Safaga

A quiet town with sand dune beaches
A gateway to the marvels of Luxor
The stupendous complex of the Karnak Temple

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Safaga

Following in the footsteps of the Pharaohs

Port Safaga (Bur Safaga in Arabic), where your MSC cruise ship awaits your return, is a village on the Red Sea coast.

The town, whose economy is driven by the nearby phosphate mines, consists of a single windswept avenue running straight on, past concrete boxes with bold signs proclaiming their function.
Silos and cranes identify the port, which runs alongside (but remains out of bounds) for most of this distance. However, inland from Port Safaga, a shore excursion on your MSC Grand Voyages cruise can be the opportunity to discover Luxor and the overwhelming concentration of relics in the area.

A tourist mecca ever since Nile steamers began calling in the nineteenth century, visitors come to view the remains of Thebes, Ancient Egypt’s New Kingdom capital, and its associated sites. The town itself boasts Luxor Temple, a graceful ornament to its waterfront and “downtown”, while a mile or so north is Karnak Temple, a stupendous complex built over 1,300 years. Across the river are the amazing tombs and mortuary temples of the Theban Necropolis, an attraction not to be missed on your holiday in Egypt.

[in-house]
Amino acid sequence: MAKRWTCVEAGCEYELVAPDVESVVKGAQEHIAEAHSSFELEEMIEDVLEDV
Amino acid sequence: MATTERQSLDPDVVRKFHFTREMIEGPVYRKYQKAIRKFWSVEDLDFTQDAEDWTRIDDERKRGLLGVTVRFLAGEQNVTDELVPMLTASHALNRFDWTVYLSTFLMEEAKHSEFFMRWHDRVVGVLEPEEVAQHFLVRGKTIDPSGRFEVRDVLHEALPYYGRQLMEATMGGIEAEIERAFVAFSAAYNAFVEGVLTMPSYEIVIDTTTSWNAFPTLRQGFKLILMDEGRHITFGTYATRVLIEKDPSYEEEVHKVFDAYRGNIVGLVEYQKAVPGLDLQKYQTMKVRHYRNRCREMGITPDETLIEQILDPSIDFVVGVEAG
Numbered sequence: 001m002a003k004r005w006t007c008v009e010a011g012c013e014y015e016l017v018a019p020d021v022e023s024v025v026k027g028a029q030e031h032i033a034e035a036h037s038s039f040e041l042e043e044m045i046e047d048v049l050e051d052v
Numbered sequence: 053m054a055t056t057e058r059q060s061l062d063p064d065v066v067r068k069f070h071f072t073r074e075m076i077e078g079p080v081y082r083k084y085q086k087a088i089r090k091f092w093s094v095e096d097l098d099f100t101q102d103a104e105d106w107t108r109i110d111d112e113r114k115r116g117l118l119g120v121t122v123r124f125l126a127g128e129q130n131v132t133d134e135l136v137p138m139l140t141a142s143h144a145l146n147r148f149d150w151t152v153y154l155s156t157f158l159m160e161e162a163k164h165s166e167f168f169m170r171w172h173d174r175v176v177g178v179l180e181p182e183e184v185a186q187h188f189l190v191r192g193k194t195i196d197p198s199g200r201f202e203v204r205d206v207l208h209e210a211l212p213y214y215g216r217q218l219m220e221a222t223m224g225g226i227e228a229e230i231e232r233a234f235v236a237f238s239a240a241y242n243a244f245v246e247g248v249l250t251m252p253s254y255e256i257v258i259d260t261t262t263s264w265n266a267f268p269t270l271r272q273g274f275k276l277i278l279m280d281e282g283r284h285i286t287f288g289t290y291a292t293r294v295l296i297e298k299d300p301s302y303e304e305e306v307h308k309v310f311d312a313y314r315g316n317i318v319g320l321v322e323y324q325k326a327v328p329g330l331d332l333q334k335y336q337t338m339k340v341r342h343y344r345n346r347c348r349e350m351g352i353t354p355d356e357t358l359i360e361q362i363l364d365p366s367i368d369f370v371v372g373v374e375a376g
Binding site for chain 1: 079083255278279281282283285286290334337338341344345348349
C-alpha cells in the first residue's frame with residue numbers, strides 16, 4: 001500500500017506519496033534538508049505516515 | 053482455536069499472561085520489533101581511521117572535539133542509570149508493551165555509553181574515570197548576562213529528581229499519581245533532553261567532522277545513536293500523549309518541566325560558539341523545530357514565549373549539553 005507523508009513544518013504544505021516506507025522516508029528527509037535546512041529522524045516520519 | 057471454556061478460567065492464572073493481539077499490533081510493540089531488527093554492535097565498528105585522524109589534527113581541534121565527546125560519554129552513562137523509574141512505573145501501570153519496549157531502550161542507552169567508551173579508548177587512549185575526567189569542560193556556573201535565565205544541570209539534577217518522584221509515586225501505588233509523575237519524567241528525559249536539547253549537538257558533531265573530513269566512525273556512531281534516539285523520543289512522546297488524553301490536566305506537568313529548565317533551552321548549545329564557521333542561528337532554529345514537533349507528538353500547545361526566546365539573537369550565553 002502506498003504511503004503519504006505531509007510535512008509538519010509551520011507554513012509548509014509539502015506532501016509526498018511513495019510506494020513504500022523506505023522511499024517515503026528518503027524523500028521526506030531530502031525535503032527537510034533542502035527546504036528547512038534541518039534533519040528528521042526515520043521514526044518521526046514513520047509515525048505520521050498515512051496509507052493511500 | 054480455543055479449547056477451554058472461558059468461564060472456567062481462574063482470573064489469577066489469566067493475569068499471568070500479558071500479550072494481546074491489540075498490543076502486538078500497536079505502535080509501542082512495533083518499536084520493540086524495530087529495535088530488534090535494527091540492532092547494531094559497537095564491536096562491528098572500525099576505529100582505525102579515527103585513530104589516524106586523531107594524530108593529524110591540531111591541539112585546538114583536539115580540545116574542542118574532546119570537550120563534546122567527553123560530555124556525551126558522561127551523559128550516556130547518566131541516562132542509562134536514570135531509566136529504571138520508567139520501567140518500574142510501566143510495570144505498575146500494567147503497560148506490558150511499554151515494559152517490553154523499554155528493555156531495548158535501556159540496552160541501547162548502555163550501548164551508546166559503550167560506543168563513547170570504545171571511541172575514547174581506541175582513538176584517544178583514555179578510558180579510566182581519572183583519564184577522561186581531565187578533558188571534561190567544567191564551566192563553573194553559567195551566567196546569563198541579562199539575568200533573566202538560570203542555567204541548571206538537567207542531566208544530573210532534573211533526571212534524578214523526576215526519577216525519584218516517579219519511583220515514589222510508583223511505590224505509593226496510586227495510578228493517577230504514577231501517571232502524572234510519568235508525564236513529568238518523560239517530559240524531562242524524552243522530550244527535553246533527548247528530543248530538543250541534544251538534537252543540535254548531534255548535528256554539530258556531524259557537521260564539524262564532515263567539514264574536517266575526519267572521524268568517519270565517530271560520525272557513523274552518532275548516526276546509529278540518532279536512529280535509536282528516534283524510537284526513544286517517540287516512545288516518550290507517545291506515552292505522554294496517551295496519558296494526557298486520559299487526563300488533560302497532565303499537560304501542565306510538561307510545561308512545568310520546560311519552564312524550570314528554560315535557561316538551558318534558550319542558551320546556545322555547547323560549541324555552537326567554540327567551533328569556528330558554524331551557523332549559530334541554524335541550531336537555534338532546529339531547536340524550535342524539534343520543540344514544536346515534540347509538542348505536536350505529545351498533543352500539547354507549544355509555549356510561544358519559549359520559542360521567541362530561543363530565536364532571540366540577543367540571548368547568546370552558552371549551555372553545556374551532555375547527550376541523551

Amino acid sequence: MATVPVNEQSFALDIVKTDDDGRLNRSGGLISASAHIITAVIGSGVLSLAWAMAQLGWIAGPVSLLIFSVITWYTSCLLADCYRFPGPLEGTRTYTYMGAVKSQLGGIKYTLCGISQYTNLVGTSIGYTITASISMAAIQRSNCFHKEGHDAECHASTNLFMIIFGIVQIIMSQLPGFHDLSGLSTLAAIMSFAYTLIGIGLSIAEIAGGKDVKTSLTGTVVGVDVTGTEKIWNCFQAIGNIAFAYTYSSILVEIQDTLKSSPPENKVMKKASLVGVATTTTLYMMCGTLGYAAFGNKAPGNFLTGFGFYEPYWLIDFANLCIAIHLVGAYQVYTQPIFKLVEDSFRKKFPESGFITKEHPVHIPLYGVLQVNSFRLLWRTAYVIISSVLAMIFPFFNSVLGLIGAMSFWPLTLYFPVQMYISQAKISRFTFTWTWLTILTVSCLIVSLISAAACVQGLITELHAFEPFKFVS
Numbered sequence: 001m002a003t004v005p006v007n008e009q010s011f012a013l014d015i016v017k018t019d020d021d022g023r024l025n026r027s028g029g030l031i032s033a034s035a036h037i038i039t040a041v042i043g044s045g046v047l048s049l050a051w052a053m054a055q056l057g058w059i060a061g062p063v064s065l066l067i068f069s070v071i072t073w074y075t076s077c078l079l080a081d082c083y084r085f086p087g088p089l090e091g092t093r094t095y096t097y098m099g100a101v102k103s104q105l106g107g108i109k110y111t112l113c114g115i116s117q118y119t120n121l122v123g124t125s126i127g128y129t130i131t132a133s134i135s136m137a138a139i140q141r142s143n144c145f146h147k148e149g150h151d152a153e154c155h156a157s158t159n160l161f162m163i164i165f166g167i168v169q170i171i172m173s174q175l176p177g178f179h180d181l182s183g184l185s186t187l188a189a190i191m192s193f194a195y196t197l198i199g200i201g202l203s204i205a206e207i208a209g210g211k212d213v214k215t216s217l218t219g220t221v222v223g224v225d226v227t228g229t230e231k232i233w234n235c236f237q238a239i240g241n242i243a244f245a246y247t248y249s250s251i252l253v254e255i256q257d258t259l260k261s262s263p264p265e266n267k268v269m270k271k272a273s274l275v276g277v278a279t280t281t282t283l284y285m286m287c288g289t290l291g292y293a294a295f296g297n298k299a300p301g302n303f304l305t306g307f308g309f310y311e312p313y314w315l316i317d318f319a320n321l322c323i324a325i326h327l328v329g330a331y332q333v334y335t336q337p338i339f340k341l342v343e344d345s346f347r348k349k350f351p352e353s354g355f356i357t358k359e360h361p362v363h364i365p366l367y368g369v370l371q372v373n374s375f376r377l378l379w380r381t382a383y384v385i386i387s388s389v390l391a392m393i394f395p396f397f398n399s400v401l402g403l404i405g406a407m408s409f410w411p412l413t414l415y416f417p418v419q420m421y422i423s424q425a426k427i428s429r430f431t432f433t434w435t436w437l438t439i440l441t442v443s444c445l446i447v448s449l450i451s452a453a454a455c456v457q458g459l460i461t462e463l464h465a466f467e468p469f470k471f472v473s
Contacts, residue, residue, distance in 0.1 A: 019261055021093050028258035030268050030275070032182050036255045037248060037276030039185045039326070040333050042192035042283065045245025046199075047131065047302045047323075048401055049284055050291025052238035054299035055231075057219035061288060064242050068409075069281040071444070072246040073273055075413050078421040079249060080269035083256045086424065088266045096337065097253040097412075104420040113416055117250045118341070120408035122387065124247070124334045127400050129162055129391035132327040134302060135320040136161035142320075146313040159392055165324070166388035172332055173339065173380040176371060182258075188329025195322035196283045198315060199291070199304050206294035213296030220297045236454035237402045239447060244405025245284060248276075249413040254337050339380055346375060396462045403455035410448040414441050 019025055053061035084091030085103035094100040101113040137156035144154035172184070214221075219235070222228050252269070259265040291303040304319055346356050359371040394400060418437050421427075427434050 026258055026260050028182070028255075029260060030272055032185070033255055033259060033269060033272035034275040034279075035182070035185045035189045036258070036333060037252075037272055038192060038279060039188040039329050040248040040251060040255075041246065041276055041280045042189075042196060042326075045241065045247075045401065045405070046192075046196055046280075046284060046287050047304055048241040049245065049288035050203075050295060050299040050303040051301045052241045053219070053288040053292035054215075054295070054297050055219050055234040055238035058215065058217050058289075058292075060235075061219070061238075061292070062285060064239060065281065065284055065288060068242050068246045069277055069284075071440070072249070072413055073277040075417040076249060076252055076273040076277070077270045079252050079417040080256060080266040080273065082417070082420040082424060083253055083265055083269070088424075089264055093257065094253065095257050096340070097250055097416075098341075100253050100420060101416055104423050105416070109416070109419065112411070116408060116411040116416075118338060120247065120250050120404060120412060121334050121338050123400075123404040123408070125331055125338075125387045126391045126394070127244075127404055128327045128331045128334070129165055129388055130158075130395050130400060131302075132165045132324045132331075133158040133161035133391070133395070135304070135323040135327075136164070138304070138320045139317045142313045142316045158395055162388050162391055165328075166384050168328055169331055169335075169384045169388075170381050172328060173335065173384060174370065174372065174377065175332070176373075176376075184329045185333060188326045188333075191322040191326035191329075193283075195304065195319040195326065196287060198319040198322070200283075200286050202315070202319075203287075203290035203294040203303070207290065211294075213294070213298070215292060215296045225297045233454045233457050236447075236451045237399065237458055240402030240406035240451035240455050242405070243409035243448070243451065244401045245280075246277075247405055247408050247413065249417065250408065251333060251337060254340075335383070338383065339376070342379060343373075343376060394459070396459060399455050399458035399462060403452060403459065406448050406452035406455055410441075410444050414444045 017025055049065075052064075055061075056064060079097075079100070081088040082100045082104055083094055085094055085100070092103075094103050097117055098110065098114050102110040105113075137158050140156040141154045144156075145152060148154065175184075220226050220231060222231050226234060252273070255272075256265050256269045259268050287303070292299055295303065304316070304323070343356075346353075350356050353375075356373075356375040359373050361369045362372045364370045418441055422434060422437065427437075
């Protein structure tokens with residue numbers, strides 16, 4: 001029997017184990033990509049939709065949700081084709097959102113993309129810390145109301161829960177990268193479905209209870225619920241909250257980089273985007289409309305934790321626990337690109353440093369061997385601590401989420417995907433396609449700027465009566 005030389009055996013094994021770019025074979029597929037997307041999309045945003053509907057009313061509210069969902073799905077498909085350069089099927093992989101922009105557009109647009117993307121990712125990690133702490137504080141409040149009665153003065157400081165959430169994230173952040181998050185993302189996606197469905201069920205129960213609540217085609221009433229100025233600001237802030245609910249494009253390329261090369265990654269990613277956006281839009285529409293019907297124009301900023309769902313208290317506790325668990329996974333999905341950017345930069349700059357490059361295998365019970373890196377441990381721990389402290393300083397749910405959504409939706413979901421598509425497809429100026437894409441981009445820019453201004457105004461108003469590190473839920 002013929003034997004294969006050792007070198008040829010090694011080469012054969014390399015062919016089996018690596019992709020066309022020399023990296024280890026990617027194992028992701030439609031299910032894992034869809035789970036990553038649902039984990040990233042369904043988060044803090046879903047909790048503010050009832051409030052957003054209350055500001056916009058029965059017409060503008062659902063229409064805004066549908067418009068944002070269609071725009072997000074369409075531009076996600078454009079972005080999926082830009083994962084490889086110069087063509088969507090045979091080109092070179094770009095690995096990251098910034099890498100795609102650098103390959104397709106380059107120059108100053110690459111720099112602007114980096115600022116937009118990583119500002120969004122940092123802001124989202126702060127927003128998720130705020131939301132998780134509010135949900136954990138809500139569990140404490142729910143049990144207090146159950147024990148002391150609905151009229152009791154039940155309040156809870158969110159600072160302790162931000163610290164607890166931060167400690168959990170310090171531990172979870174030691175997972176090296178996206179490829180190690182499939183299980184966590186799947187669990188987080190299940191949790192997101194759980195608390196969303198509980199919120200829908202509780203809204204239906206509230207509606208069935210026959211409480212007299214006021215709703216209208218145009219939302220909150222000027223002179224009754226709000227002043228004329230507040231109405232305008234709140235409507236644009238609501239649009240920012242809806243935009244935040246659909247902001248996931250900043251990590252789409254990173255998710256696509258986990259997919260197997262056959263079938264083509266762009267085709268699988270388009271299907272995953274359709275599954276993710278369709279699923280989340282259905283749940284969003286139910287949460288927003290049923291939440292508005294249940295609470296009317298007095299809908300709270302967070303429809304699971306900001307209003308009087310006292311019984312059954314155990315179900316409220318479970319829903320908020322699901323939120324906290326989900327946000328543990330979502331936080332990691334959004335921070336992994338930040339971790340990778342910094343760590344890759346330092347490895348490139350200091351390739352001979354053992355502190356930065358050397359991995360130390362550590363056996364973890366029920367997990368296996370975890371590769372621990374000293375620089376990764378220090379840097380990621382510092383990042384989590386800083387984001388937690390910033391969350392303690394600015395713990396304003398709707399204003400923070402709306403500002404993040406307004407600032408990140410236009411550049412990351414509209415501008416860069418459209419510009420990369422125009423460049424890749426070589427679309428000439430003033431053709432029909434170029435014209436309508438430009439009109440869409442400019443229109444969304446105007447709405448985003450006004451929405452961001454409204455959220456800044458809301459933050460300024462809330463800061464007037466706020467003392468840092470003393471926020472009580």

In a town where tourism accounts for 85 per cent of the economy, it’s hardly surprising that you can’t move without being importuned to step inside a shop or rent a calèche, but once you get to know a few characters and begin to understand the score Luxor becomes a funky soap opera with a cast of thousands.

Luxor Temple stands aloof in the heart of town, ennobling the view from the waterfront and Midan el-Haggag with its grand colonnades and pylons.

Must see places in Safaga

  • Luxor, Valley of the Kings

    Luxor, Valley of the Kings

  • Karnak

    Karnak

  • Nile

    Nile

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Egypt

In the shade of the pyramids
In the shade of the pyramids

Ancient Greeks and Romans started the trend, coming to goggle at the cyclopean scale of the Pyramids and the Colossi of Thebes.


During colonial times, Napoleon and the British looted Egypt’s treasures to fill their national museums, sparking off a trickle of Grand Tourists that eventually became a flood of travellers, taken on Nile cruises and Egyptology lectures by the enterprising Thomas Cook. A cruise to Egypt today boasts not only the monuments of the Nile Valley and the souks, mosques and madrassas of Islamic Cairo, but also fantastic coral reefs and tropical fish, dunes, ancient fortresses, monasteries and prehistoric rock art. The land itself is a freak of nature, its lifeblood the River Nile.

From the Sudanese border to the shores of the Mediterranean, the Nile Valley and its Delta are flanked by arid wastes, the latter as empty as the former are teeming with people. This stark duality between fertility and desolation is fundamental to Egypt’s character and has shaped its development since prehistoric times, imparting continuity to diverse cultures and peoples over seven millennia. Though most visitors travel to Egypt for its monuments, the enduring memory is likely to be of its people and their way of life.